British PM promises referendum on staying in EU by 2017

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Prime Minister Cameron vows to give Britons a referendum choice on whether to stay in the EU or leave if he wins an election in 2015, sending shockwaves across the bloc countries. The leader of the main opposition party says the speech showed Cameron was being driven by his party, not by the national interest

 British Prime Minister David Cameron announced on Jan. 23 that he would offer British citizens a vote on whether to leave the European Union by the end of 2017 if his party wins the next election, a move that has already triggered alarm among member states.

Cameron acknowledged that public disillusionment with the EU was “at an all-time high,” using a long-awaited speech in London to say that the terms of Britain’s membership in the bloc should be revised and the country’s citizens should have a say.

Cameron proposed that his Conservative Party renegotiate the U.K.’s relationship with the European Union if it wins the next general election, expected in 2015.

“Once that new settlement has been negotiated, we will give the British people a referendum with a very simple in or out choice to stay in the EU on these new terms. Or come out altogether,” Cameron said. “It will be an in-out referendum.”

But he cautioned against holding a vote immediately, saying it would be wrong to hold a referendum “before we have had a chance to put the relationship right” and before the eurozone emerges from crisis.

The timeline he laid out mostly hinges on a Conservative victory in the next general election. Still, Cameron said legislation would be drafted before 2015 so that if his party wins, it can be introduced and passed quickly enough to ensure a vote could be held “in the first half” of the next Parliament.

The stated possibility of a referendum has drawn immediate warnings from Britain’s main European partners.

“We can’t have Europe a la carte,” French Foreign Minister Laurent Fabius insisted. “Imagine the EU was a football club: once you’ve joined up and you’re in this club, you can’t then say you want to play rugby.” German Foreign Minister Guido Westerwelle said Berlin wants Britain to be an “active” EU member but that membership was an all-or-nothing proposition. “Cherry-picking is not an option.”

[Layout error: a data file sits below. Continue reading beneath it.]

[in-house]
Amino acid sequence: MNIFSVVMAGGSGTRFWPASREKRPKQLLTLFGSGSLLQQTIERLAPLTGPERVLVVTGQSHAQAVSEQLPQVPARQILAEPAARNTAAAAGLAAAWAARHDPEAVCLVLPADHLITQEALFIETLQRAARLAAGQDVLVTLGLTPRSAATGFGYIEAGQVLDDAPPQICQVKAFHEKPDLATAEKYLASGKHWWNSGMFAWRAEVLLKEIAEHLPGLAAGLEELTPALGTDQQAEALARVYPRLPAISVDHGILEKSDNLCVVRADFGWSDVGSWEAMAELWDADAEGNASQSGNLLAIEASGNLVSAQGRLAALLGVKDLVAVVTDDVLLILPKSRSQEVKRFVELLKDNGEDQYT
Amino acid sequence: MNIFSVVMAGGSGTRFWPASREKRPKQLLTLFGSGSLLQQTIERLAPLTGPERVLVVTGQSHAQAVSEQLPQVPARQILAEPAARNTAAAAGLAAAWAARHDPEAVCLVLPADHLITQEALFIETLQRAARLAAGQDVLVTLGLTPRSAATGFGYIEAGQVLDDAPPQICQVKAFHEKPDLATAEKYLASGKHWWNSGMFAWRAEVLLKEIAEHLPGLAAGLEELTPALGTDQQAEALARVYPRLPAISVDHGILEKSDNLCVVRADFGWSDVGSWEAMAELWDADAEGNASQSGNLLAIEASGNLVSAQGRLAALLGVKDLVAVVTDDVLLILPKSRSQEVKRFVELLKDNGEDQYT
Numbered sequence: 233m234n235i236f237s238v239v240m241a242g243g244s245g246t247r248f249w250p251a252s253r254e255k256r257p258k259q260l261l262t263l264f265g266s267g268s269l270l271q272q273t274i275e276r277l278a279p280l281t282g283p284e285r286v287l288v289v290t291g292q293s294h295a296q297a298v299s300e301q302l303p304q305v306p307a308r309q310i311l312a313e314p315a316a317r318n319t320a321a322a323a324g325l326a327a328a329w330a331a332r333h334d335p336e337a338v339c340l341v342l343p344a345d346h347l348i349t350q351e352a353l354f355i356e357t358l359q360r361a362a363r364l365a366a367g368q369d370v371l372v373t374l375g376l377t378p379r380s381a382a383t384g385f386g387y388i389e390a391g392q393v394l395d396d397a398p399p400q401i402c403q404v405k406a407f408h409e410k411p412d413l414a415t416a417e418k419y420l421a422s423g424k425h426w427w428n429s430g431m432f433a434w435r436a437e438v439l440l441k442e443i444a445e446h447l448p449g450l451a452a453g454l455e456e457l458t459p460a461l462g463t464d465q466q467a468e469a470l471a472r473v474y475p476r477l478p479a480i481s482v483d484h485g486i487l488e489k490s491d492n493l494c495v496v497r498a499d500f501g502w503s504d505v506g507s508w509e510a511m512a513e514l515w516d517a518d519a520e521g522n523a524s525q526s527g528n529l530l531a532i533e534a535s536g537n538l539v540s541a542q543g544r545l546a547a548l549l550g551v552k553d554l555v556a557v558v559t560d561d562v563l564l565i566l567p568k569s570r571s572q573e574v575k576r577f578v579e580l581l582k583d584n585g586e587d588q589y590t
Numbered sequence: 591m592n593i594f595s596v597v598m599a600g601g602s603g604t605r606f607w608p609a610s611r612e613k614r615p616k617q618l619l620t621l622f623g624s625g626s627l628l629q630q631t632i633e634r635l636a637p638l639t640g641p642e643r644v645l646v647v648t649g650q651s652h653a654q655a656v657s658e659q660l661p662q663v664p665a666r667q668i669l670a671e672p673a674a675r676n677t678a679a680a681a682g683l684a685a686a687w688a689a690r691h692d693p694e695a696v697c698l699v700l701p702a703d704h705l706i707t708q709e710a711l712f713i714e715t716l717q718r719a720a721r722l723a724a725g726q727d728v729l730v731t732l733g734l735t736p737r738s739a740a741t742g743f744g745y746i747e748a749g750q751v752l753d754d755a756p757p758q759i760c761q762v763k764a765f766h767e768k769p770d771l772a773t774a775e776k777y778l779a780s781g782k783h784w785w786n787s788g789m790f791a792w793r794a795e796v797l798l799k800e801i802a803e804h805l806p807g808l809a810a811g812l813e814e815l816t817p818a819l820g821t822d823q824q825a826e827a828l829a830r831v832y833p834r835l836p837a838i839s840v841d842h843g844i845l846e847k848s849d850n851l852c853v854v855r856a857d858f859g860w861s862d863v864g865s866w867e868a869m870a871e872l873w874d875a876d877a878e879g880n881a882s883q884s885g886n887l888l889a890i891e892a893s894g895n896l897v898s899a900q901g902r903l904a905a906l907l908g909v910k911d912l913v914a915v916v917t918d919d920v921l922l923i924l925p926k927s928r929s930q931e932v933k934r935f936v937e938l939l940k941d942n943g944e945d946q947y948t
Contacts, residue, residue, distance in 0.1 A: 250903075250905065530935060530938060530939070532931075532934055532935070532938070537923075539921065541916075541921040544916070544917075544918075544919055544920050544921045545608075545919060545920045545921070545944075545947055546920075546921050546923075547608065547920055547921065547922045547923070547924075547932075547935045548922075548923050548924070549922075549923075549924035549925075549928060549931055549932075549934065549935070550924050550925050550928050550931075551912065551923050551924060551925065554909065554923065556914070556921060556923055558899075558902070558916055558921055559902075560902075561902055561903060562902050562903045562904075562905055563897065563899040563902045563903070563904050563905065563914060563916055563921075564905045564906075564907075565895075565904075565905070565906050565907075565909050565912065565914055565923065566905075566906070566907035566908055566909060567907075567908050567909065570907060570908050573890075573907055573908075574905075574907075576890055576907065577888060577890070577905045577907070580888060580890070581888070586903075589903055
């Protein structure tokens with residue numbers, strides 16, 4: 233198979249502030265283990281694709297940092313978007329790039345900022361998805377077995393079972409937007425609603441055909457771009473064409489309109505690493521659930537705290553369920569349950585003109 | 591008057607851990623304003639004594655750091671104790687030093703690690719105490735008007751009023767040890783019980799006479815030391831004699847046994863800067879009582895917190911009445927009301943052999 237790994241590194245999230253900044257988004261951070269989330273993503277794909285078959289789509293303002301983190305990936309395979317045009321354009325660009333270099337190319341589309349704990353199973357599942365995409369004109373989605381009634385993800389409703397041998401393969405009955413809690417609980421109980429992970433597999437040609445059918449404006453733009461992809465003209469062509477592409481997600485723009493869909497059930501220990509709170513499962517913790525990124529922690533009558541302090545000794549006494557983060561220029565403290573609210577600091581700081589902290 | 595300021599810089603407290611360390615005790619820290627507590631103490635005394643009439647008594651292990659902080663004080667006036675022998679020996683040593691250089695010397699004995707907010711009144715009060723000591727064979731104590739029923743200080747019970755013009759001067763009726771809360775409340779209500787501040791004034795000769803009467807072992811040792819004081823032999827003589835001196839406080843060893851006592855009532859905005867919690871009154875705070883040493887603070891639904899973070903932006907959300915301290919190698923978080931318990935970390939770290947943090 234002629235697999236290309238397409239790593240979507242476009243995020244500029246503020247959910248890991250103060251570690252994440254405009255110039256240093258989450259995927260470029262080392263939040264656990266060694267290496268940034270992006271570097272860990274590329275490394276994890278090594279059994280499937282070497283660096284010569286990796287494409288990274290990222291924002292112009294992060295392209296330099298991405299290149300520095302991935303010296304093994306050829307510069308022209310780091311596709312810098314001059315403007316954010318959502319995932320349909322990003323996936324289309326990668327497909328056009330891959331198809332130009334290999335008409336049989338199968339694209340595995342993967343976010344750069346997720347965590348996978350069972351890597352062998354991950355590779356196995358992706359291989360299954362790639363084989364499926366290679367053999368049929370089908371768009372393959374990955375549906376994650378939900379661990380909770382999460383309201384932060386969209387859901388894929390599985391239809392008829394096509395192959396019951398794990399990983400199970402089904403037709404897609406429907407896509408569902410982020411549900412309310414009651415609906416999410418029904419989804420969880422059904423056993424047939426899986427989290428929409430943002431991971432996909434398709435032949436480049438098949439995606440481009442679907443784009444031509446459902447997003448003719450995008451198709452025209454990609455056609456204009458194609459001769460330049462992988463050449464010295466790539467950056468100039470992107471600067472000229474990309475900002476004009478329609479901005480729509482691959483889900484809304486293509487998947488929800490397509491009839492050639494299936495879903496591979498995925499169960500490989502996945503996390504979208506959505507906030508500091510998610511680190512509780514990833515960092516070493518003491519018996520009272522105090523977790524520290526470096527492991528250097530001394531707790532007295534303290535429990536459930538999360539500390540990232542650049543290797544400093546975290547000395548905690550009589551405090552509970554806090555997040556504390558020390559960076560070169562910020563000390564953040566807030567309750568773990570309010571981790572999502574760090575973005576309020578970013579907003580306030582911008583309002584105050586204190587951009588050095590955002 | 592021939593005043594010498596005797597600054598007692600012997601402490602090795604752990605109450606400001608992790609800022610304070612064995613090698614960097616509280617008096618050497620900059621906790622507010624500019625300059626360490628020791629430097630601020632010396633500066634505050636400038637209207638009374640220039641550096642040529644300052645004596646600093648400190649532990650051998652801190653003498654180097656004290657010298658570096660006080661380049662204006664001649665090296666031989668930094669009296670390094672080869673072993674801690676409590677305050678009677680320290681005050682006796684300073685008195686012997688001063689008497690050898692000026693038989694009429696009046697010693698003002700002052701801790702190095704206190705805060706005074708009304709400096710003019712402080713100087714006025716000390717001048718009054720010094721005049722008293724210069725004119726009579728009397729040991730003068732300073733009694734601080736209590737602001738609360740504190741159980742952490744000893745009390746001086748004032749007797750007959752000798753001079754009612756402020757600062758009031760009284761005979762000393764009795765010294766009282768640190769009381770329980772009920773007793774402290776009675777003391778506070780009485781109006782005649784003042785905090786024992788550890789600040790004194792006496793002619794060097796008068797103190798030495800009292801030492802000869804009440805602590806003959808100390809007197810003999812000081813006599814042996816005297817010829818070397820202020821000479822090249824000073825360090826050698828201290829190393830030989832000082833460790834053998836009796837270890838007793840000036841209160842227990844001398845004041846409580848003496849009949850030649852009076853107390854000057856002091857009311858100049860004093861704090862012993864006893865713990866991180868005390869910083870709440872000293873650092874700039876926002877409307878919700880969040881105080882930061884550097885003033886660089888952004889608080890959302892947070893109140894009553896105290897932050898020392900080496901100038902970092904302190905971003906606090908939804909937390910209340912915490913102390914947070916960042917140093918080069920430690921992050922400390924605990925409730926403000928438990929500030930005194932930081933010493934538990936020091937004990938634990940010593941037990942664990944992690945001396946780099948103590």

Even the U.S., which normally stays out of disputes among EU states, waded into the debate. The White House said last week that President Barack Obama had told Cameron in a phone call that “the United States values a strong U.K. in a strong European Union.”

The leader of the main opposition Labour party, Ed Miliband, said the speech showed Cameron was “a weak prime minister, being driven by his party, not by the national economic interest.” Deputy prime minister, the pro-EU leader of the Liberal Democrats, Nick Clegg, said Cameron’s pledge would undermine the fragile U.K. economic recovery.

It will also dismay some business leaders, who have warned that the referendum pledge risks creating uncertainty that will harm Britain’s economic prospects.

But Cameron stressed that his first priority was to renegotiate the EU treaty, not leaving the bloc.
“I say to our European partners, frustrated as some of them no doubt are by Britain’s attitude: work with us on this,” he said.

Cameron insisted that a “one size fits all” approach to the 27-nation EU was misguided. Britain has always had a fraught relationship with the bloc. It benefits from the single market, but is among 10 of the EU countries not to use the euro.

“Let us not be misled by the fallacy that a deep and workable single market requires everything to be harmonized, to hanker after some unattainable and infinitely level playing field,” he said. “Countries are different. They make different choices. We cannot harmonize everything.”

Even as he raised the specter of a referendum, Cameron reiterated his view that Britain should stay in the EU.

“I speak as British prime minister with a positive vision for the future of the European Union. A future in which Britain wants, and should want, to play a committed and active part,” Cameron said. “There is no doubt that we are more powerful in Washington, in Beijing, in Delhi because we are a powerful player in the European Union.”

But in order to stay, the bloc needs to change, Cameron said, as he laid out a vision of a “new” EU built on five principles: competitiveness; flexibility; power flowing back to, not just away from, member states; democratic accountability; and fairness.

The EU’s executive welcomed Cameron’s declared willingness that Britain remain in the European Union, albeit after renegotiating the terms of its membership.

Merkel says ready to discuss British ‘wishes’ on EU

Chancellor Angela Merkel said on Wednesday that Germany was ready to discuss Britain’s “wishes” on the EU after Prime Minister David Cameron announced an in-or-out referendum.

“Europe also always means that you have to find fair compromises. In this context, we are of course ready also to talk about British wishes but one must keep in mind that other countries also have other wishes,” she told reporters.

 

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